Thankfully, NestJS released in V8 a feature called Auto mocking which makes this code much cleaner:

pokemon.service.spec.ts
// imports...

describe('PokemonService', () => {
  let pokemonService: PokemonService;
  let httpService: DeepMocked<HttpService>;

  beforeEach(async () => {
    const module: TestingModule = await Test.createTestingModule({
      providers: [
        PokemonService
      ],
    })
    .useMocker(createMock)
    .compile();

    pokemonService = module.get<PokemonService>(PokemonService);
    httpService = module.get(HttpService);
  });

  // the tests...
});

Passing createMock into the useMocker() method essentially mocks any dependency you haven't defined in the testing module.

Thank you Thiago Martins for the tip on this!

Nice work!

You've now done a deep dive into implementing test doubles in NestJS 🤟.

Unit testing pipes in NestJS

Pipes in NestJS are a way to validate and transform any inputs passed into your controllers.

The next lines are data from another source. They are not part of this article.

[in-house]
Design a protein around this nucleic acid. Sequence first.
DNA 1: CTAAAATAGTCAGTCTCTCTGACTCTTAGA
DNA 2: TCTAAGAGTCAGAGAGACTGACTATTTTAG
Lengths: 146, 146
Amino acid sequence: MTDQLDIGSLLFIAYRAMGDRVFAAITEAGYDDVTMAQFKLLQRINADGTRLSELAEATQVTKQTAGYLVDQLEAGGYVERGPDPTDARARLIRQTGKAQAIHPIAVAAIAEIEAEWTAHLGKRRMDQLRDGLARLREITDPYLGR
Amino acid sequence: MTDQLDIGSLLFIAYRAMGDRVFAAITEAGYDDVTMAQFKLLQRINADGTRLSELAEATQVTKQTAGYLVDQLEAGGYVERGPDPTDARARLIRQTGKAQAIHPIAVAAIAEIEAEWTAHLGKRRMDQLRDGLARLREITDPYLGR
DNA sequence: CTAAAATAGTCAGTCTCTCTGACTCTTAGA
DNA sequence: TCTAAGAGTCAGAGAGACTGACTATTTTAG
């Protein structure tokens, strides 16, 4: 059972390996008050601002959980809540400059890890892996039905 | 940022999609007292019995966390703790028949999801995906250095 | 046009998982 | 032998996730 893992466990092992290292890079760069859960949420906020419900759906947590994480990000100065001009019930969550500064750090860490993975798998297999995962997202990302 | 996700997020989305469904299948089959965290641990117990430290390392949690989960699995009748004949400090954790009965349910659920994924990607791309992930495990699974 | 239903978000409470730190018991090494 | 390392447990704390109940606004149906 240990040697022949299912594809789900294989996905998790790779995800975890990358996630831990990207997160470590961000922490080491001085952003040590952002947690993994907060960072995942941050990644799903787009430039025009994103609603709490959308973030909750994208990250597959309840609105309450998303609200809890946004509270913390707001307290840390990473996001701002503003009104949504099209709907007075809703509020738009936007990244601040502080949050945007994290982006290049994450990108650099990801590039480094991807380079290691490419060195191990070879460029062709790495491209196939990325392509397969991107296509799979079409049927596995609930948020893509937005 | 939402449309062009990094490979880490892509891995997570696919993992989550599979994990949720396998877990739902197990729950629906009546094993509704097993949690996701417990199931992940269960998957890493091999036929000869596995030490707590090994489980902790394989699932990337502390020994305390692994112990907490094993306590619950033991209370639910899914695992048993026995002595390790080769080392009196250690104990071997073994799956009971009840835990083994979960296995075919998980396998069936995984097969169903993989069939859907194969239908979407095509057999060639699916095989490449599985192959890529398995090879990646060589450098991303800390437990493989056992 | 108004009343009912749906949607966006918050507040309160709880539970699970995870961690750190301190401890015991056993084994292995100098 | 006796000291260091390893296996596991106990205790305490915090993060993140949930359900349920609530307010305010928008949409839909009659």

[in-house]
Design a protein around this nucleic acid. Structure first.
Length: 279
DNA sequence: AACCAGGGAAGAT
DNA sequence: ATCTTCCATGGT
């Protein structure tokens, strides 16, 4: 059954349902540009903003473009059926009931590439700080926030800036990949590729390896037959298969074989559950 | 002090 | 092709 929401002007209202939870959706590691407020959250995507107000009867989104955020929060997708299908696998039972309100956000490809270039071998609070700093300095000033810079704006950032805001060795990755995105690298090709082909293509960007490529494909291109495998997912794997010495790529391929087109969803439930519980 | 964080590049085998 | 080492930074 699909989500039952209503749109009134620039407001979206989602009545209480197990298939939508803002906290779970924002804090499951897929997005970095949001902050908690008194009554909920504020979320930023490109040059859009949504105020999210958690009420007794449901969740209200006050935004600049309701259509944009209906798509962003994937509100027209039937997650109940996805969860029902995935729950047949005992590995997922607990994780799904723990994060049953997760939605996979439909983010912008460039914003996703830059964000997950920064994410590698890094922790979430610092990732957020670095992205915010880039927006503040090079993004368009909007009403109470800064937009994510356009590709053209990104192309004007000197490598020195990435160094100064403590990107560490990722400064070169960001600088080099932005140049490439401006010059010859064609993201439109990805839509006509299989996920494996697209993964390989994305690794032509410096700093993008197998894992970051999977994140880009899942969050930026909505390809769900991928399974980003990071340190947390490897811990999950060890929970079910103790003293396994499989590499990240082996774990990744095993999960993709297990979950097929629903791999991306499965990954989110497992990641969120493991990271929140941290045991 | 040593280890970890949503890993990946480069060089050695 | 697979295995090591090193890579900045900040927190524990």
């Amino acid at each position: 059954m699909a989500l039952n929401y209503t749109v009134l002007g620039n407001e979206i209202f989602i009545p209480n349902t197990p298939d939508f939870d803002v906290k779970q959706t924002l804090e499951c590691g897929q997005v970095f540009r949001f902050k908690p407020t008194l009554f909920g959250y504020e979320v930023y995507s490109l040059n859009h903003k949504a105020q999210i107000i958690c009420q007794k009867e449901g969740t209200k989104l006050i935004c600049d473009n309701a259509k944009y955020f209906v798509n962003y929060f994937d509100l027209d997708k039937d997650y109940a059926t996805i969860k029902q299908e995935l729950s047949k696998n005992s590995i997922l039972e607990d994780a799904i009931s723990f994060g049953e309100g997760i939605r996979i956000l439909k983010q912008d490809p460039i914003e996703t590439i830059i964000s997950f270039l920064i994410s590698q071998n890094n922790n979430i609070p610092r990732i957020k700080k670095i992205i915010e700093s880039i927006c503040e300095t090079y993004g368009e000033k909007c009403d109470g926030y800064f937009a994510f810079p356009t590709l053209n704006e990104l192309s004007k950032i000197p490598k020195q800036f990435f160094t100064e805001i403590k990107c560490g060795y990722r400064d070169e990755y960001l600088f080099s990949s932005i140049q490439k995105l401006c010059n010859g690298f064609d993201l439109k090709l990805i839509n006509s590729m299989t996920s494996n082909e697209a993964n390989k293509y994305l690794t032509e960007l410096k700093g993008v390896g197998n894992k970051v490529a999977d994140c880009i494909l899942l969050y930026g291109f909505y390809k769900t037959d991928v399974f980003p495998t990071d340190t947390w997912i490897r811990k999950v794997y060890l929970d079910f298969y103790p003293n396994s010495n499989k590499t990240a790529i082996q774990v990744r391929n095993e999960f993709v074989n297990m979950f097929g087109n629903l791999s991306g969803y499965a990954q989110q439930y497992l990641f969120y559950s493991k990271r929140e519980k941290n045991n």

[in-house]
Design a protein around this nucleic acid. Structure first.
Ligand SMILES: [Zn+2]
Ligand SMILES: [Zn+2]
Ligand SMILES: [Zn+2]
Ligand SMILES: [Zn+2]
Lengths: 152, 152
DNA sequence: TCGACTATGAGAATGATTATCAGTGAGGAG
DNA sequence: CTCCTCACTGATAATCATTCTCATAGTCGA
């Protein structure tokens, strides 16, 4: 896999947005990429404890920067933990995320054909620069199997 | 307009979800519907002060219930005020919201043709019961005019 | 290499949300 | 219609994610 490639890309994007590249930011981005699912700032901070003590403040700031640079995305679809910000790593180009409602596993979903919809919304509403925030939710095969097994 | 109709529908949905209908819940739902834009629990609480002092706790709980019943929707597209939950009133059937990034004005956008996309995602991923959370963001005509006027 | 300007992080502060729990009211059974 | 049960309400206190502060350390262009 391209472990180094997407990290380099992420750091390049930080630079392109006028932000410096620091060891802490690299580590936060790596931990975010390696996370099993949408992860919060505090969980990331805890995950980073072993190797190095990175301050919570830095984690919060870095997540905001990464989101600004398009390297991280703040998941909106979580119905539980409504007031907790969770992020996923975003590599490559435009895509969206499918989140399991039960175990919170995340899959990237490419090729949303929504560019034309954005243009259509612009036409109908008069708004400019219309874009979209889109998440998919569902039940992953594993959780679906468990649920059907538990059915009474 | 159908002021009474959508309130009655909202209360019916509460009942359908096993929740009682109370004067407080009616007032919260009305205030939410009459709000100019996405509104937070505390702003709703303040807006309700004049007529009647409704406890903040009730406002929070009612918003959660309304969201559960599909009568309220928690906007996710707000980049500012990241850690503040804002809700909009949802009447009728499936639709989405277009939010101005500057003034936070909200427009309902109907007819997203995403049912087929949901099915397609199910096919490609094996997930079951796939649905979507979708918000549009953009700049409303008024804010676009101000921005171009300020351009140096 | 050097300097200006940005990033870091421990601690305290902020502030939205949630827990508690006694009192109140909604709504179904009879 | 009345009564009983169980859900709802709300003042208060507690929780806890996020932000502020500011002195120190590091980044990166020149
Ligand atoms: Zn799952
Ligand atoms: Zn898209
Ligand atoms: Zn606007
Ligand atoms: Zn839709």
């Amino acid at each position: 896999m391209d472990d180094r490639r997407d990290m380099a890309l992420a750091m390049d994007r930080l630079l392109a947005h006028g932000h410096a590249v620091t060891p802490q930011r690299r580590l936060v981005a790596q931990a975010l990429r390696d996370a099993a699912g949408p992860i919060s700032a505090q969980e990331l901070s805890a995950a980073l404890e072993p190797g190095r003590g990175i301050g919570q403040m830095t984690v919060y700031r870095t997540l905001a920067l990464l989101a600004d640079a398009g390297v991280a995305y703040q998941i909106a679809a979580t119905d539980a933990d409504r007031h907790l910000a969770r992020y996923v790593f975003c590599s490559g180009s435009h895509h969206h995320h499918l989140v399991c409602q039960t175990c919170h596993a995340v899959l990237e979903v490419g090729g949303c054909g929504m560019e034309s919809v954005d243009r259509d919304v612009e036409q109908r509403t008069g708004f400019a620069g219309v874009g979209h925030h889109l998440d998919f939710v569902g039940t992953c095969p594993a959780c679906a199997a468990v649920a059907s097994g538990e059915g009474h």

There are a few built-in ones, like ParseIntPipe that converts the specified parameter into an integer, returning a 404 if the conversion fails.

Here's an example of how the ParseIntPipe could be implemented into a controller:

pokemon.controller.ts
import { Controller, Get, Param, ParseIntPipe } from '@nestjs/common';
import { PokemonService } from './pokemon.service';

@Controller('pokemon')
export class PokemonController {
  constructor(private readonly pokemonService: PokemonService) {}

  @Get(':id')
  getPokemon(@Param('id', ParseIntPipe) id: number) {
    return this.pokemonService.getPokemon(id);
  }
}

Let's say that as well as the :id parameter being a number, we want to ensure that the value is greater than 0 and less than 152. We could implement something like this in the controller:

pokemon.controller.ts
import {
  BadRequestException,
  Controller,
  Get,
  Param,
  ParseIntPipe,
} from '@nestjs/common';
import { PokemonService } from './pokemon.service';

@Controller('pokemon')
export class PokemonController {
  constructor(private readonly pokemonService: PokemonService) {}